Another honour for men of 1956
THE WEXFORD Association in Carlow are to honour the hurling heroes of 1956 at their annual dinner dance in the Seven Oaks Hotel on March 10.
The 50th anniversary of that glorious triumph will be celebrated in style, with memories certain to come flooding back.
The 1950s was a golden decade for hurling, with some of the greatest games ever taking place. Wexford were beaten by Cork in the 1954 final but came back to see off Galway the following year in a fine contest.
Twelve months down the line they gained revenge on the Leesiders in an epic contest when they were led by their captain Jim English, of Seskinryan, Bagenalstown.
He later gave years of service to Carlow County Board and the Erin's Own club. Jim's sons also played with distinction on club and county hurling teams.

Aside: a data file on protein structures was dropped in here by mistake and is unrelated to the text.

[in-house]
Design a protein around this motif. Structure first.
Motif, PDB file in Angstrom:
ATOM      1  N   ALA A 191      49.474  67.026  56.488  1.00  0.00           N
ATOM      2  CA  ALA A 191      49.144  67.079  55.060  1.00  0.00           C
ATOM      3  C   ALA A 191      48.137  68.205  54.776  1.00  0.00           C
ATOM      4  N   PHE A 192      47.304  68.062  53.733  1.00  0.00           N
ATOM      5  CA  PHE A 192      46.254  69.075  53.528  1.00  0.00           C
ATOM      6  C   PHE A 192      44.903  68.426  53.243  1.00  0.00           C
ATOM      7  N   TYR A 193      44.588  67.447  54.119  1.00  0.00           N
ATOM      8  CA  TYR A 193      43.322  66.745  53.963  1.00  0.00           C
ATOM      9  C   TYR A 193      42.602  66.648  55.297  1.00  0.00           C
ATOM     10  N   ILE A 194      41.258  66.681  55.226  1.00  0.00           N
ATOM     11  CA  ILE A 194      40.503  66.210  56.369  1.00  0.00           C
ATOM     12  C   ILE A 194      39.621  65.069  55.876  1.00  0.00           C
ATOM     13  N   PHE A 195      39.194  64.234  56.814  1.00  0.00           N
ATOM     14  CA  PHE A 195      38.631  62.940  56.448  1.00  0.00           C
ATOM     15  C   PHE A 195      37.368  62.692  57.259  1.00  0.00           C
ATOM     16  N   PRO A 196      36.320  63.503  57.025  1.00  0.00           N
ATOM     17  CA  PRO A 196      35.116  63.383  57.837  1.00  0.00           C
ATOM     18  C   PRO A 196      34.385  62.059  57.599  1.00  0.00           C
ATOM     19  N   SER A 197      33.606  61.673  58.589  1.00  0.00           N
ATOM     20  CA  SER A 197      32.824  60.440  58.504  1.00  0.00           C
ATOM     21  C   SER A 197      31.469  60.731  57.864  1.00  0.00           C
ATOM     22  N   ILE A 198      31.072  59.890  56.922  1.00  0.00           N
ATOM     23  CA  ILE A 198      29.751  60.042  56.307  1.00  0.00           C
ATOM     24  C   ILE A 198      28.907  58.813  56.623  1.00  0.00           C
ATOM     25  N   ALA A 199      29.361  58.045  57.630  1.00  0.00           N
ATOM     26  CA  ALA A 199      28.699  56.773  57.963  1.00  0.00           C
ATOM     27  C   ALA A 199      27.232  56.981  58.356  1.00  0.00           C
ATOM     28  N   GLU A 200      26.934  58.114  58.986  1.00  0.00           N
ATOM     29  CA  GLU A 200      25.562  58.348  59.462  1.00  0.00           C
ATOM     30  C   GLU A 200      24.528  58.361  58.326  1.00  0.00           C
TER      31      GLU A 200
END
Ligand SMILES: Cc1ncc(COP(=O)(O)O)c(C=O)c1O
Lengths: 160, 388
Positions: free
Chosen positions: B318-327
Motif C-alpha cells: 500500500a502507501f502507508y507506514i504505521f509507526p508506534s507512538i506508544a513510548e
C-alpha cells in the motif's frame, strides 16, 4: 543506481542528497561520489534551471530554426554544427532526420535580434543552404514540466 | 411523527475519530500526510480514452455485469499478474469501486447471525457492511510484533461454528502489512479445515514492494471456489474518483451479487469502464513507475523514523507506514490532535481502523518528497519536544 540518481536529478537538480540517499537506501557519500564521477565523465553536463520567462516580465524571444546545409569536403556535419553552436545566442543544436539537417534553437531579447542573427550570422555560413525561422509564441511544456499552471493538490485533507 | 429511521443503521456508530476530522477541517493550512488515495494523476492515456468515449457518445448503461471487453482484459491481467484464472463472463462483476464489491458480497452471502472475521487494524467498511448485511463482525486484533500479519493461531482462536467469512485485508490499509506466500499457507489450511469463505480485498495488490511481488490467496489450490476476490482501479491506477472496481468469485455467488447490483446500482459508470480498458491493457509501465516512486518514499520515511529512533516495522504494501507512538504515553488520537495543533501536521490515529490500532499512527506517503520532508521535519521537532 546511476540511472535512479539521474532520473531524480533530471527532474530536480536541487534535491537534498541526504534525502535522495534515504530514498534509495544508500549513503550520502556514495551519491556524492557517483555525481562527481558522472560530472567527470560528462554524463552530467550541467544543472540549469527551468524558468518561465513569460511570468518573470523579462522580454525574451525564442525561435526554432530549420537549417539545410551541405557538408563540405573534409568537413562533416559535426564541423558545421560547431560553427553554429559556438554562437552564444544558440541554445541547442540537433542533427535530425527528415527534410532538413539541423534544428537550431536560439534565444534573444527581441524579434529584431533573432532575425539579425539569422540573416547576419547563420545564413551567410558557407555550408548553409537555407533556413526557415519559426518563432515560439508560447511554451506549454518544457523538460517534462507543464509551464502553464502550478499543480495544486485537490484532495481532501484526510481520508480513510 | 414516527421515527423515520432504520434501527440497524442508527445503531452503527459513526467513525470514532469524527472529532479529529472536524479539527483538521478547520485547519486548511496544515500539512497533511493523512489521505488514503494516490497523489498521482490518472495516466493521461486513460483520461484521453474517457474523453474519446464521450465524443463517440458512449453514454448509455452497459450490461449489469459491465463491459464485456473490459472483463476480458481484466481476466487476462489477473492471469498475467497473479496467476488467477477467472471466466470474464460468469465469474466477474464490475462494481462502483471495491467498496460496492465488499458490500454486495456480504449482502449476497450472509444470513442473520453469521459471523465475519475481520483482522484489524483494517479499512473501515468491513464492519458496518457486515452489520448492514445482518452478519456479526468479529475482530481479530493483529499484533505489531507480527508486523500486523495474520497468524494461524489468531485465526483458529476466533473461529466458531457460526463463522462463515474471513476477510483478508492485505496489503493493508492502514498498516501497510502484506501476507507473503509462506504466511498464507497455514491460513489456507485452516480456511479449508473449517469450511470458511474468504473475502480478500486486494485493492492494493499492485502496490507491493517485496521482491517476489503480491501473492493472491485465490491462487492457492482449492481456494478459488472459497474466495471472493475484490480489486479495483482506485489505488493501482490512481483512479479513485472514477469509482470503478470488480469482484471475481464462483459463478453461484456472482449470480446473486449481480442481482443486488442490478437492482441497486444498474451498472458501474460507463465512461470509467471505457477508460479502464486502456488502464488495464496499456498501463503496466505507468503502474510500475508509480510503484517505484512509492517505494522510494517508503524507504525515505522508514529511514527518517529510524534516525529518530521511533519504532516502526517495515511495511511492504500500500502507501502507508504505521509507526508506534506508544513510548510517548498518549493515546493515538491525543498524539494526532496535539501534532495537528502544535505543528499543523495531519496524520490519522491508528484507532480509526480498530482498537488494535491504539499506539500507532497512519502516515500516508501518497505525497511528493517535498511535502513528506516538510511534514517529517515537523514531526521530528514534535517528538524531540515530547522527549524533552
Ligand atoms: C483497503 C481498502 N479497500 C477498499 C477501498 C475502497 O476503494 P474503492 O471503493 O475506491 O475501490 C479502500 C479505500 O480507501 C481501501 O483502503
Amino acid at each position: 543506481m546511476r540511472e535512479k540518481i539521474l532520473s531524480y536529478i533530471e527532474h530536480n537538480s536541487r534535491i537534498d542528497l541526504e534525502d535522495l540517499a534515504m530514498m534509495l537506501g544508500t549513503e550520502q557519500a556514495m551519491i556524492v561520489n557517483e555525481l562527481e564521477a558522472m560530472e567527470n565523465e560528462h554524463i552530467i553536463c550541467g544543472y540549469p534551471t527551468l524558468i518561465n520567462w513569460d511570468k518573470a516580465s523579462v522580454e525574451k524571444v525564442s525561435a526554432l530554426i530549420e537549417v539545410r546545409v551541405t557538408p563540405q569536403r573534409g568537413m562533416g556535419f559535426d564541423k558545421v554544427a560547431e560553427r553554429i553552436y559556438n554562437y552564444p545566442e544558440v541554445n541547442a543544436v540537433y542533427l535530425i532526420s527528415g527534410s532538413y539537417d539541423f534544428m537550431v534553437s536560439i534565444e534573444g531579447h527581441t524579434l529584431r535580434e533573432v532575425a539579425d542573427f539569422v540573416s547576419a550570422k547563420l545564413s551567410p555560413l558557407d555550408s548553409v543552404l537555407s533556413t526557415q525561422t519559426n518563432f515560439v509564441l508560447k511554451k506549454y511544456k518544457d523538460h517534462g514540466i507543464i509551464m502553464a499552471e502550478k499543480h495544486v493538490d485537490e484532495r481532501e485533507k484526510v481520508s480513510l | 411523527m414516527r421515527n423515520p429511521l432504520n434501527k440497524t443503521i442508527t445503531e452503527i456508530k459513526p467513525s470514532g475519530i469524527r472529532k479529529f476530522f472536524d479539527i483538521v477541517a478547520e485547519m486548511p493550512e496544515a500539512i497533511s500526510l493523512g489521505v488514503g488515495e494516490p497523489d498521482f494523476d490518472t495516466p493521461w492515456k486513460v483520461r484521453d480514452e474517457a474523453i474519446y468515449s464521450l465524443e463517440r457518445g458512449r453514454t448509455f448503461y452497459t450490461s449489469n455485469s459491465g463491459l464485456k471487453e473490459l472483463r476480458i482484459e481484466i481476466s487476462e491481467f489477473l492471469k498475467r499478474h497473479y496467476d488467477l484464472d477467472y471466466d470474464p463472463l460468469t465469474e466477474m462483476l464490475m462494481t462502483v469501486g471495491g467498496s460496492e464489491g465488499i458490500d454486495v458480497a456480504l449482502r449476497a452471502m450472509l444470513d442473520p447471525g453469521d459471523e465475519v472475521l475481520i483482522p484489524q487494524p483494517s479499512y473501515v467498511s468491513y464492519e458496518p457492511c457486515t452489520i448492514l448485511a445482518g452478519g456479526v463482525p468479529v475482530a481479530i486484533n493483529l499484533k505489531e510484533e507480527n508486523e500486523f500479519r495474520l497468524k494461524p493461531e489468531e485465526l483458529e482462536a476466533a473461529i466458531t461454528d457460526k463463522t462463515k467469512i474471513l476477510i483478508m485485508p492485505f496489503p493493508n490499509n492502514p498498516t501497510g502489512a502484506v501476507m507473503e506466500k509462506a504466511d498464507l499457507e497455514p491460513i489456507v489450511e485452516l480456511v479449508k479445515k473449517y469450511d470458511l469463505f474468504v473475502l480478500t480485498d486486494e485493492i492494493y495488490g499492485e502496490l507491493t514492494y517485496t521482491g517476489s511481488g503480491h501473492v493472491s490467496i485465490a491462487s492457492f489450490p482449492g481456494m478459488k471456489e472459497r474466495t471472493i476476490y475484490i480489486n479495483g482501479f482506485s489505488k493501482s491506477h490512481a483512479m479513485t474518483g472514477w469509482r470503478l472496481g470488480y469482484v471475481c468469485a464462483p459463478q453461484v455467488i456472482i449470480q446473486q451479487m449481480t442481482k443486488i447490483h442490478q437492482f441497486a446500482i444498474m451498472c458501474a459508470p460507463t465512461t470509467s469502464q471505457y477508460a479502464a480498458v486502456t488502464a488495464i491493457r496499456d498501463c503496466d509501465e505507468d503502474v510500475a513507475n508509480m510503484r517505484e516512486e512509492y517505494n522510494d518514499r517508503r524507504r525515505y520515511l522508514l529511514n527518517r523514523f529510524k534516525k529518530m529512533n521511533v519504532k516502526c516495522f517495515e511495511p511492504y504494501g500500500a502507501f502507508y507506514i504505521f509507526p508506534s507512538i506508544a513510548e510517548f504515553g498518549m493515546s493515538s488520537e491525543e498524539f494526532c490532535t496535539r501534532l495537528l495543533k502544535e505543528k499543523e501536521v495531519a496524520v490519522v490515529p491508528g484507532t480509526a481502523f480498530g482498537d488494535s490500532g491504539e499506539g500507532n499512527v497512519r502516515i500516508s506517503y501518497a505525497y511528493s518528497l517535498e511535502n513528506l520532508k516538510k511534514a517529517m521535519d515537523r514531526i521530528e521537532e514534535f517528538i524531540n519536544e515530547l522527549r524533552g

1956 was a great year for Wexford hurling as they won all of the major competitions (National League, Leinster, All-Ireland, Walsh Cup and Oireachtas), while ten of the team added Railway Cup medals.
They entertained over half a million people on the hurling fields of Ireland and were given great credit for being one of the most sporting teams ever to play in Croke Park.
They had set attendance records for all the finals they played in that year, led by the late, great Nickey Rackard, his brothers Bobby and Billy, Ned Wheeler, Nick O'Donnell, Jim English, Padge Kehoe, Tim Flood and company.
The attendance for the All-Ireland final of 1956 was at the 90,000 mark, a clear indication of the drawing power of this great Wexford team. In that game there was no substitution, no positional switch, and no injury to any player on the winning team - surely a record.
Anyone interested in supporting the event on March 10 and sharing in what should be a great night for the survivors of 1956 ought to contact the Wexford Association P.R.O., Tom O'Keeffe (087-2070652).
Tickets are available at the moment, but the demand is very high, so make sure to get in touch before it's too late.